I woke up this morning with a need to write. Later in the day, a text message conversation with my son helped me understand my drive to write about this topic. When I took out my journal, I thought about my children and their journeys to adulthood. I was reminded of discussions with people of faith about life coming in seasons. Within those seasons, I was told we learn lessons and connect with people designed to help us live the good life.
This morning I reflected on a time when my daughter was about four years old and my son was about seven or eight months old. She pulled him around the house in his carrier. She read to him and towed him to the television to watch her favorite shows then to watch her play make believe with dolls or teddy bears. She taught him and he loved being her student. I loved watching them. I enjoyed that season of my life with them.
Then, they grew up. They matured beyond the middle school dramas that played out in my kid cab every day. As I wrote, I have found myself thinking of their journeys from toddlers through adolescent transformation to adulthood in my daily work with college students trying to figure out their daily grind and their next moves. Like my own children, they progressively seemed to be learning lessons that are only taught by living. I have looked at students and wondered if life was less complicated for them as children like that season when my daughter pulled a giggling infant around in a carrier. I have wondered if the young people around me had complicated childhoods that established the rocky foundations I watched them struggling to navigate.
It has been my honor to have so many students trust me with their stories. Through the process of raising my children I learned to listen, watch, advise, and encourage. I learned that I do not get to make decisions for them or act as their surrogate in journeys that each of them must walk to make it to their next. I hoped that their choices would meet their definitions of success. I listened to them as intently as I listened to my own children. I acknowledged their strengths and the courage it took for them to seek help from me (or anyone else for that matter).
Whether I am parenting or educating students, the process of supporting students begins with listening. I must listen in order to help them sort out the issues presented then guide them to a plan of action that prioritizes their challenges. I also remind them to refrain from harsh judgment the corrodes their self-image or makes them insecure about decision making. I ask them to just do the best they can with the facts know to them at the time. My daddy once said to me, in essence, to be fine with myself if I knew that I did all that I could do to make the best of the situation confronting me. He also told me, “to just do the best that I can.” Those words were affirming in my youth, but in my adult life I have benefited from the seeds of validation and empowerment planted by my father’s words. Finally, I caution young people to be flexible with themselves throughout this season and those to come.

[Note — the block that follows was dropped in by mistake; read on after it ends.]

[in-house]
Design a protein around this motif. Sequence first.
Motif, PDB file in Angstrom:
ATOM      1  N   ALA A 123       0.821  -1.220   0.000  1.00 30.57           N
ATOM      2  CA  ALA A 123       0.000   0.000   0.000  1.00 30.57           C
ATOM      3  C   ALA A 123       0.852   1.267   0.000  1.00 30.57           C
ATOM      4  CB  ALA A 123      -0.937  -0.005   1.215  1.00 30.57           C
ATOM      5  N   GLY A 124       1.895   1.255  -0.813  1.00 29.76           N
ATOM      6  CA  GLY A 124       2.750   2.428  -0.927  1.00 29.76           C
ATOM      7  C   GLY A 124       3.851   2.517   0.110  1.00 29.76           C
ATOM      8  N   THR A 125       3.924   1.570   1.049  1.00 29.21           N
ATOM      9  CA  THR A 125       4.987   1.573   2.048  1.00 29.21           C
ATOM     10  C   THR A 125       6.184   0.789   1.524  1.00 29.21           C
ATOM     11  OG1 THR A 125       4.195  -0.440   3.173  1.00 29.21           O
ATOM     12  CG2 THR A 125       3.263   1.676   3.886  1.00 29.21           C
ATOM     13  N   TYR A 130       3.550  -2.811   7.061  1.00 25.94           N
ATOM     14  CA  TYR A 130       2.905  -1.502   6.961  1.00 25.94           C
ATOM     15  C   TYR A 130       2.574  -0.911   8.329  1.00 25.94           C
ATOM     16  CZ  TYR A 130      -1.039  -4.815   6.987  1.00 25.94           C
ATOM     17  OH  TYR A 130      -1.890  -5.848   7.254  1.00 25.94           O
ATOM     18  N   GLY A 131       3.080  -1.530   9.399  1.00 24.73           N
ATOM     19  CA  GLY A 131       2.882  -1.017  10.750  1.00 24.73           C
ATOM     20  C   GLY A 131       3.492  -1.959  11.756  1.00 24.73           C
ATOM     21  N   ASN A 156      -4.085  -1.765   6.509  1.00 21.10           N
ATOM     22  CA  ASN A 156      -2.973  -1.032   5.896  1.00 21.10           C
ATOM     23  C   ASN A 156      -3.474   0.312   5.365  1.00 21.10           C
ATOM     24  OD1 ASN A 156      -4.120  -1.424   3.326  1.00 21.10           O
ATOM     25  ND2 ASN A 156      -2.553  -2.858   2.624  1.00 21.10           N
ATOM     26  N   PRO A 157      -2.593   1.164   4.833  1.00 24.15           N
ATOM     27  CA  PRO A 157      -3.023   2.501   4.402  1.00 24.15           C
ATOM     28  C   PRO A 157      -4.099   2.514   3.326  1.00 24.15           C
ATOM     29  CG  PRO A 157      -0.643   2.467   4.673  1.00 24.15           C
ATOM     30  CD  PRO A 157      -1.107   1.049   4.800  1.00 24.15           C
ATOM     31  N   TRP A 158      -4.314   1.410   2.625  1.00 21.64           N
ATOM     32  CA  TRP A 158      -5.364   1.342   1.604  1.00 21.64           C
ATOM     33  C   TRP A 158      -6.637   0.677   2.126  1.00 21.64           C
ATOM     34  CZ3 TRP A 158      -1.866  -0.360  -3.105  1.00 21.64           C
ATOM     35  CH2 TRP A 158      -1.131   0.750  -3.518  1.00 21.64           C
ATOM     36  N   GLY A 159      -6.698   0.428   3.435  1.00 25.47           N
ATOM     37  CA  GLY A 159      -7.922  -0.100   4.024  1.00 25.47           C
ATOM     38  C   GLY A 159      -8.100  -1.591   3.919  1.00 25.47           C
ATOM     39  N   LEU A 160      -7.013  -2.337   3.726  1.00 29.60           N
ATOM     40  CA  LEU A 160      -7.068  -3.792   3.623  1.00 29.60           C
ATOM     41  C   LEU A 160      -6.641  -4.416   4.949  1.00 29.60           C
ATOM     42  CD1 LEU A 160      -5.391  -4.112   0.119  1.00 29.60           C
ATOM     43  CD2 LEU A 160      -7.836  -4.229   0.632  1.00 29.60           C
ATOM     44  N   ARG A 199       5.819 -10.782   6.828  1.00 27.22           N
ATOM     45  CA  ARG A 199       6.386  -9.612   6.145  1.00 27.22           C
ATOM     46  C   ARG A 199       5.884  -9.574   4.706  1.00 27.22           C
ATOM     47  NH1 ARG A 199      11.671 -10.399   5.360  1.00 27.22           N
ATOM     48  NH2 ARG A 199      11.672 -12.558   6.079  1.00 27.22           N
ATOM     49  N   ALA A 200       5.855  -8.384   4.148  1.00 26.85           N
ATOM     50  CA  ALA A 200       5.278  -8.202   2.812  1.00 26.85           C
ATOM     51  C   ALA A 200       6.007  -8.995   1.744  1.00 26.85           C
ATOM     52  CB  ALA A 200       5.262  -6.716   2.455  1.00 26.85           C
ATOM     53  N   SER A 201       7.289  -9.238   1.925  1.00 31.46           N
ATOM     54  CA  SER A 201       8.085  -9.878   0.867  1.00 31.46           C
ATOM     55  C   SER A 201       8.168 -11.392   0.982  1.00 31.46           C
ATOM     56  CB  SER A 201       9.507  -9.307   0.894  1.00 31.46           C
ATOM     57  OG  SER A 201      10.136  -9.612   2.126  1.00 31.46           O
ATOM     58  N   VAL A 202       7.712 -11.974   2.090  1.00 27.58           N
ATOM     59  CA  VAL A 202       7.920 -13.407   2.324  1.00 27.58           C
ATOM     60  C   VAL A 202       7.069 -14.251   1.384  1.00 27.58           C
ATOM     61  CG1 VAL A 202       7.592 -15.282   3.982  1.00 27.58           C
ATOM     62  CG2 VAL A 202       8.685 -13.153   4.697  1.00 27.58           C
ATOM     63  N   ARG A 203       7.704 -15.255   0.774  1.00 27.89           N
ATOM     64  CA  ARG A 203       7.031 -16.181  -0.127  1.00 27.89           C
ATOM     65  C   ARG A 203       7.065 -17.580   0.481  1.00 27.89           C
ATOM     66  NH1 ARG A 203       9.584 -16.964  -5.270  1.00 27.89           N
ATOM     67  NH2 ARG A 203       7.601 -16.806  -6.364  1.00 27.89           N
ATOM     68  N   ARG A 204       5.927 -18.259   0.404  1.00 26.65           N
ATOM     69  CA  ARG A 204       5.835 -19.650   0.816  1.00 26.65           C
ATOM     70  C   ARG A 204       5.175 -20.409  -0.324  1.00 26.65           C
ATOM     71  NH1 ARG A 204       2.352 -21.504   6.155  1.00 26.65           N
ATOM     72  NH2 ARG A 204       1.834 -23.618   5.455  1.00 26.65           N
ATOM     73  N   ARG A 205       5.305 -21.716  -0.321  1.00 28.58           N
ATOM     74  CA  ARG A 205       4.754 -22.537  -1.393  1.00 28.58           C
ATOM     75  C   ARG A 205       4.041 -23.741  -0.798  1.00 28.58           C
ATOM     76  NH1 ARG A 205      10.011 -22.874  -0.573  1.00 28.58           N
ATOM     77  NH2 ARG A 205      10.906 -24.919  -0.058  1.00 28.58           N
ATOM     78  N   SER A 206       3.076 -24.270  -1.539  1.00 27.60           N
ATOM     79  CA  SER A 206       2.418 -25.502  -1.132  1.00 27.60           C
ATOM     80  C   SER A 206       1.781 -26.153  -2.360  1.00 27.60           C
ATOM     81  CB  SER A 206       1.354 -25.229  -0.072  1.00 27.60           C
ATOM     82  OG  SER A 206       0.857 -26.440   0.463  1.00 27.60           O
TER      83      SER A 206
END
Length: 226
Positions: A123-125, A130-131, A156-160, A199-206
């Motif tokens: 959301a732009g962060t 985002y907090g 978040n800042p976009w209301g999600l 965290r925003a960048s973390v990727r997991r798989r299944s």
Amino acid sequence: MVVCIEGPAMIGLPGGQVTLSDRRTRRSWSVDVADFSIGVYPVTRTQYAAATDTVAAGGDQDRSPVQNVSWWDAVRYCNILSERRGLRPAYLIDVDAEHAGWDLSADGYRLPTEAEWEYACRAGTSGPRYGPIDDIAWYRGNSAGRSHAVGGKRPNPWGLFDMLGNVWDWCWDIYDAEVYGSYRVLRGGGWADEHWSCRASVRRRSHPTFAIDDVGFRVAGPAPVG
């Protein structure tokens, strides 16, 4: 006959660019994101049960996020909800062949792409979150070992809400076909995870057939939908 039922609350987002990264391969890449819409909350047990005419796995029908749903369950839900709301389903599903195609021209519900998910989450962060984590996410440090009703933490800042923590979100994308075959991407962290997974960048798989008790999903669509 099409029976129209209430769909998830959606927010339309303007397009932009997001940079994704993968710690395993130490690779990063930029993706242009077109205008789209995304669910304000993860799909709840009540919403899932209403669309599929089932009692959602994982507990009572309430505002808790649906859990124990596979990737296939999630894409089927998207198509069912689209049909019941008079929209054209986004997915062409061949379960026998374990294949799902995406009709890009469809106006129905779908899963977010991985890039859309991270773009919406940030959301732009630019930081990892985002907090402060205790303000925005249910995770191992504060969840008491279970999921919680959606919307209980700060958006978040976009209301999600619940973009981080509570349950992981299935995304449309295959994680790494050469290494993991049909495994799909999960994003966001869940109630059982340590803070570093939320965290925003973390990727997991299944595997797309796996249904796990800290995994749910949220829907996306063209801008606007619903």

Life has taught me that change happens. Perfection is never the goal when we are doing life. I have also learned that change requires flexibility. Flexibility can allow us to make adjustments without debilitating resistance. We might be able travel to places we never dreamed of in prior seasons. The pliable approach to living gifts us potential to have our passions and purpose fed. We might just do something more awesome than we ever imagined in a place that rewards us for the hard work and struggle it took to prepare us for the moment. I challenge you not to be limited by your fear, your frustration, your confusion, or your season. Respect the season and use the character of each season to build self-awareness, confidence, strength, wisdom, and resilience until the season changes.